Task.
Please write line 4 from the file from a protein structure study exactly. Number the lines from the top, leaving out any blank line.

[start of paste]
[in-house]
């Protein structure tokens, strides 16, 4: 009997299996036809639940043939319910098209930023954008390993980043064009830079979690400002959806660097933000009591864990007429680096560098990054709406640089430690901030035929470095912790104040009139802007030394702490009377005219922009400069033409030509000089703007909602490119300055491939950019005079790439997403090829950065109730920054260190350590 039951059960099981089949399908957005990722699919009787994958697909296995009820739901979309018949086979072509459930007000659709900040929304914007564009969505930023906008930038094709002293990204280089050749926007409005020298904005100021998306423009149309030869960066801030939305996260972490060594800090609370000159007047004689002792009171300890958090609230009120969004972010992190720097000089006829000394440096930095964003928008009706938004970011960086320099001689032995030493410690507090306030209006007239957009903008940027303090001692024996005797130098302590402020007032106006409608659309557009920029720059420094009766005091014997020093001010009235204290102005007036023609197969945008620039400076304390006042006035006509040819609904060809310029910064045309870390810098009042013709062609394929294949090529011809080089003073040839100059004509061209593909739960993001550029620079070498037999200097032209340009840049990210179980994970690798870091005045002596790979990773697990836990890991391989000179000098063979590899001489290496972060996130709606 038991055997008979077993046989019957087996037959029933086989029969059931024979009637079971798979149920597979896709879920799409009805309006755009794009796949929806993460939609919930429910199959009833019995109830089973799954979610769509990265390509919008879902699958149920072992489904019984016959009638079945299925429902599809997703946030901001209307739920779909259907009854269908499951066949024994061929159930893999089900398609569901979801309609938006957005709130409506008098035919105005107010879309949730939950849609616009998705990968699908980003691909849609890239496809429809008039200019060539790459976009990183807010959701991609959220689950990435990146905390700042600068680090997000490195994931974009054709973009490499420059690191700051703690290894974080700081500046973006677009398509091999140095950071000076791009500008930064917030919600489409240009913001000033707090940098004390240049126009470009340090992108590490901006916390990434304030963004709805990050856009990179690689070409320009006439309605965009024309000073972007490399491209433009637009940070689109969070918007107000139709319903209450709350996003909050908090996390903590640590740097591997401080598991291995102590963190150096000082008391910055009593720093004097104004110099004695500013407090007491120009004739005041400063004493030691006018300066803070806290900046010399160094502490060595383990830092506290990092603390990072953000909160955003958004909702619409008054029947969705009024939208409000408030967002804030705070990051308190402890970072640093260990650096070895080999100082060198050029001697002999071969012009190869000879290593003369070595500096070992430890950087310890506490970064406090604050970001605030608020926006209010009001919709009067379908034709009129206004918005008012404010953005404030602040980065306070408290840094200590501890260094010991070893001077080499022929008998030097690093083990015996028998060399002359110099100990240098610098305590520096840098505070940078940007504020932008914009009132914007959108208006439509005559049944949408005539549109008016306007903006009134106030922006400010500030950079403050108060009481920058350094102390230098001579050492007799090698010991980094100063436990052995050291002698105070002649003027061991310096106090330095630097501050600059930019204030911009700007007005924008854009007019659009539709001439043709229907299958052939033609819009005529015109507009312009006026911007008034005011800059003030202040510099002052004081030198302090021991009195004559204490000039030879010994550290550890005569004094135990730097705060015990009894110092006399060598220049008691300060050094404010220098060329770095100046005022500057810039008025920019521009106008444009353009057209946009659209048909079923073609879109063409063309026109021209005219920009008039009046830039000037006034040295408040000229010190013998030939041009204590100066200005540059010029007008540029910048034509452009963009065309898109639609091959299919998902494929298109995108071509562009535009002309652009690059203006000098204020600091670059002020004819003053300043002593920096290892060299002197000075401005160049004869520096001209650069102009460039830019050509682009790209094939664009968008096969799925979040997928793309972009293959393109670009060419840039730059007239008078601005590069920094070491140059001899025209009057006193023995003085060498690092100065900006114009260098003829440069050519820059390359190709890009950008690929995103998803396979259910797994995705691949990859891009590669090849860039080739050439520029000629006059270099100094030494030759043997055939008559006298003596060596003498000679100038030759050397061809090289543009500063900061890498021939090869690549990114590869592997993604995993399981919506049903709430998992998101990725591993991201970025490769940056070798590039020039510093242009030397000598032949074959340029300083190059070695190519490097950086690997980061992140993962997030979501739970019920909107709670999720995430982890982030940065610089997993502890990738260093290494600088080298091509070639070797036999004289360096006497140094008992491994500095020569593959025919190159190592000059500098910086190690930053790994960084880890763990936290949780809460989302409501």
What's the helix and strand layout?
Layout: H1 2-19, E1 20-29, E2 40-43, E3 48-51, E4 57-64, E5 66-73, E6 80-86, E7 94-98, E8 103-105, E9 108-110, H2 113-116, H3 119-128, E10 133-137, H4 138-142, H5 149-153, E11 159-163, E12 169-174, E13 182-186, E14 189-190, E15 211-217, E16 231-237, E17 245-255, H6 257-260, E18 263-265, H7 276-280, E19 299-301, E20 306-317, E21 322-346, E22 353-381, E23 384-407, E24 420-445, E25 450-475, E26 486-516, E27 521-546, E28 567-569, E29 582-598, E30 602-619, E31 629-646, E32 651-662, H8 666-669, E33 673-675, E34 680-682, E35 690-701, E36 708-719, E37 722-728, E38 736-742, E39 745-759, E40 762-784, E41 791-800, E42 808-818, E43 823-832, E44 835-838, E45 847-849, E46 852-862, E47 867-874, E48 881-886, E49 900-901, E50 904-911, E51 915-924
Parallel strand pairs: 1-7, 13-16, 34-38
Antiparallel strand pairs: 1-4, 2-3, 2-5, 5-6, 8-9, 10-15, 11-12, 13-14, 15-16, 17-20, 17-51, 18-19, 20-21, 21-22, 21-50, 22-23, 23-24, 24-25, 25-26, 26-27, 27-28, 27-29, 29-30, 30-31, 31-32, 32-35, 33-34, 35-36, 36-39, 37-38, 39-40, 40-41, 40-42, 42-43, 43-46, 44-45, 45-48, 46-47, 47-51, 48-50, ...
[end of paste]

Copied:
Layout: H1 2-19, E1 20-29, E2 40-43, E3 48-51, E4 57-64, E5 66-73, E6 80-86, E7 94-98, E8 103-105, E9 108-110, H2 113-116, H3 119-128, E10 133-137, H4 138-142, H5 149-153, E11 159-163, E12 169-174, E13 182-186, E14 189-190, E15 211-217, E16 231-237, E17 245-255, H6 257-260, E18 263-265, H7 276-280, E19 299-301, E20 306-317, E21 322-346, E22 353-381, E23 384-407, E24 420-445, E25 450-475, E26 486-516, E27 521-546, E28 567-569, E29 582-598, E30 602-619, E31 629-646, E32 651-662, H8 666-669, E33 673-675, E34 680-682, E35 690-701, E36 708-719, E37 722-728, E38 736-742, E39 745-759, E40 762-784, E41 791-800, E42 808-818, E43 823-832, E44 835-838, E45 847-849, E46 852-862, E47 867-874, E48 881-886, E49 900-901, E50 904-911, E51 915-924